I made a wiki thing!

So, you may recall that when I was setting up my Apache / NGINX setup, I ended up giving up on reverse proxying to Apache, and I was pretty sure the main issue was with the WordPress blog setup on https://flyingflux.net enforcing the URL in a way that broke all sorts of dynamic content.

I’ve now reinforced that belief by successfully reverse-proxying an Apache-hosted wiki, https://bangdash.space/wiki/, aka TangoWiki!

My initial use case was to play through that classic 90’s point and click adventure game Discworld. I’m using a SCUMMVM copy through Lutris to play it, because even if I could find the original CD I bought all those years ago, it’s not much use on a  Linux box.

Thus, https://bangdash.space/wiki/games/discworld. I’m only in the early stages of the game so far, and haven’t explored all the locations yet.

From a tech perspective, there were a few challenges getting this wiki up and running as it is. First, I had to get DokuWiki installed and working on an inaccessible port, and the first trouble I had was that I tried reusing a port number from my flyingflux.net adventures, which had poisoned my Chromium browser with 301 Permanently Moved HTTP response codes. There doesn’t seem to be any way to get Chromium/Chrome to forget those redirects. They expire after about a year, apparently.

The second problem was the Ubuntu packaging of DokuWiki. They split the original distribution up into about four different locations, and then get the file permissions wrong. I ended up grabbing a copy of their Apache .conf file, removing the Ubuntu package, and just dumping an entire DokuWiki distribution at the alias location.

The weird thing in the setup is that as far as Apache is concerned, it has no idea what the site name is. It just answers any requests it gets on its port as best it can. Then both Apache and nginx are set up so that urls with /wiki get handled by Apache, while Nginx handles the TLS/SSL encryption. Dokuwiki has a plugin for LDAP authentication that’s part of the core installation, which is one of the main features I wanted. It also stores all pages as text files, rather than using a database, so it’s very easy to back up!

I am getting occasional leaking of internal LAN traffic through to a direct connection to Apache, so that’s something I need to clean up. External users should get an error in that case.

I couldn’t see an easy way to set up user accounts other than through LDAP, so I have instead added a Discussion plugin, which lets people who aren’t Users make comments on a page, which the site Users can then take into account when making future page edits. I’ve just now found the Chained Auth Plugin, which does exactly what I hoped for as far as allowing non-LDAP user registration. I’ll probably set that up next week.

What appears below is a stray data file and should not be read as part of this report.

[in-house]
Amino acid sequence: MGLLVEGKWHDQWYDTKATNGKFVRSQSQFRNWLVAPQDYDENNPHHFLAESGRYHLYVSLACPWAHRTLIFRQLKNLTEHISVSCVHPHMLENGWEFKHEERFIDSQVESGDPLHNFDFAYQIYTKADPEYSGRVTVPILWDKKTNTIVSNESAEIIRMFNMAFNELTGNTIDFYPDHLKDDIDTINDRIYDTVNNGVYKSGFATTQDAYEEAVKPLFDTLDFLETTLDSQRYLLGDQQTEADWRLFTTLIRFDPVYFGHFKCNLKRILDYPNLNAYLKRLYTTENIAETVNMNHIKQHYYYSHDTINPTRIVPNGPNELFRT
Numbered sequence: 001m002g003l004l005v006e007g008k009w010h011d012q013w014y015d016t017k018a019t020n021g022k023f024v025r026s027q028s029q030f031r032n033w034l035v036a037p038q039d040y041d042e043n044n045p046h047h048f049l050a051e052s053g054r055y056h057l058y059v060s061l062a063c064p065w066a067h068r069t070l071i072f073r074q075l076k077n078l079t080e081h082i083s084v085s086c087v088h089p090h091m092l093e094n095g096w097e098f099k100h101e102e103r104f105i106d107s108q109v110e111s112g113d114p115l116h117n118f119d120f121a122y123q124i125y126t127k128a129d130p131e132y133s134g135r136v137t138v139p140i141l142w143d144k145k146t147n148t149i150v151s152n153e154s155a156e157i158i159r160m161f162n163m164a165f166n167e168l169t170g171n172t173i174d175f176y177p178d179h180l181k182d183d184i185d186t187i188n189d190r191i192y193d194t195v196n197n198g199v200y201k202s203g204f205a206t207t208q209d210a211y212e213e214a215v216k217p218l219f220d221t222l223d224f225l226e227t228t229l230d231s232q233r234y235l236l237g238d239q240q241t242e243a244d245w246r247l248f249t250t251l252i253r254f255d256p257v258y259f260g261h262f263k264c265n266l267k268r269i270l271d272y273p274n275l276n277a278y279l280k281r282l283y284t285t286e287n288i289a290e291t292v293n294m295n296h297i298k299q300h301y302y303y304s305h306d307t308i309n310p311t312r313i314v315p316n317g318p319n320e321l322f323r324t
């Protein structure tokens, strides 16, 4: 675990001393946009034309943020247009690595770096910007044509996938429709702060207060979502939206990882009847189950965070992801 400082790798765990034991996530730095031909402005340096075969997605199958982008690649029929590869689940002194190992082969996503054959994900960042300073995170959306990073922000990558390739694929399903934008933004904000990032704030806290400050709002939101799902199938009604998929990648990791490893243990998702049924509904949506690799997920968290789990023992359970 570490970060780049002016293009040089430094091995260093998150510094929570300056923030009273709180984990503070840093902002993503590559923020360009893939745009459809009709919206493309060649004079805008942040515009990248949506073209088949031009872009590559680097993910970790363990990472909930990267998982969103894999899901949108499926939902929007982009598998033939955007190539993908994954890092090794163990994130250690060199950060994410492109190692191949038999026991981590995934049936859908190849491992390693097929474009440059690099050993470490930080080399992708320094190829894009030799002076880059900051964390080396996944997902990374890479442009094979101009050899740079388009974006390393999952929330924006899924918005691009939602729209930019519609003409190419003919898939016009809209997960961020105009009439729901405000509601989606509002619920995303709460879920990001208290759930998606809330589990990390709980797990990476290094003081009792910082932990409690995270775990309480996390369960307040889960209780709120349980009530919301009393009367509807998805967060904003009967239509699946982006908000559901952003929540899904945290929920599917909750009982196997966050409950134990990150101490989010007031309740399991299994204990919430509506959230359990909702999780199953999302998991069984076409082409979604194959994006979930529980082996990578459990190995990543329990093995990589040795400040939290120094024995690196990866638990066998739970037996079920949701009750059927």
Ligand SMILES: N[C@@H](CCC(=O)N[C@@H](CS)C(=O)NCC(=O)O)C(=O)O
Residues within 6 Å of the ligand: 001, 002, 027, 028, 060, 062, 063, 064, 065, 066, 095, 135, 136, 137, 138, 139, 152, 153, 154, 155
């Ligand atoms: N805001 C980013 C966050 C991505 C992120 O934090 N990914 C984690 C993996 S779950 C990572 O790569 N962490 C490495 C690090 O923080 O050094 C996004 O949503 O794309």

Here’s the relevant portions of NGINX and Apache conf files:

/etc/nginx/sites/bangdash.space.conf (partial)

location /wiki {
    proxy_redirect off;
    proxy_set_header Host $host;
    proxy_set_header X-Real-IP $remote_addr;
    proxy_set_header X-Forwarded-For $proxy_add_x_forwarded_for;
    proxy_set_header X-Forwarded-Proto $scheme;

Port 9999 (not the real number) has a internal hairpin redirection so that traffic from the server makes it back to itself, and LAN clients can use the server’s external IP address. External requests to that port are blocked by my firewall.


<VirtualHost *:9999>
        ServerAdmin webmaster@localhost
        DocumentRoot /var/www/html-defaults
        <Ifmodule mod_fcgid.c>
                # FCGID registers a handler named fcgid-script
                AddHandler fcgid-script .php
                Options +ExecCGI
                FcgidWrapper /usr/local/bin/php-fcgid-wrapper
        ErrorLog ${APACHE_LOG_DIR}/error.log
        CustomLog ${APACHE_LOG_DIR}/access.log combined


Alias      /wiki                    /var/www/wiki/
<LocationMatch "/(data|conf|bin|inc|vendor)/">
    Order allow,deny
    Deny from all
    Satisfy All
<Directory /var/www/wiki/>
    Options +FollowSymLinks
    AllowOverride All
    order allow,deny
    Allow from localhost all
    <IfModule mod_rewrite.c>
        RewriteEngine on
        RewriteBase /wiki
        RewriteRule ^lib                      - [L]
        RewriteRule ^doku.php                 - [L]
        RewriteRule ^feed.php                 - [L]
        RewriteRule ^_media/(.*)              lib/exe/fetch.php?media=$1  [QSA,L]
        RewriteRule ^_detail/(.*)             lib/exe/detail.php?media=$1 [QSA,L]
        RewriteRule ^_export/([^/]+)/(.*)     doku.php?do=export_$1&id=$2 [QSA,L]
        RewriteRule ^$                        doku.php  [L]
        RewriteRule (.*)                      doku.php?id=$1  [QSA,L]

9999-Default.conf defines a extremely basic Apache host with no server name, pointing to a nearly empty directory. External requests will only be passed to this server when they have the /wiki URL, so what pages are in html-defaults are never visible externally. I can use them for testing the web server, though.

dokuwiki.conf is taken from the Ubuntu package, with just the security LocationMatch section added as per the DokuWiki Security page to keep all the access where DokuWiki wants it. The “IfModule mod_rewrite.c” section makes for slightly nicer URLs as you move around the wiki, such as that link to my Discworld page above.

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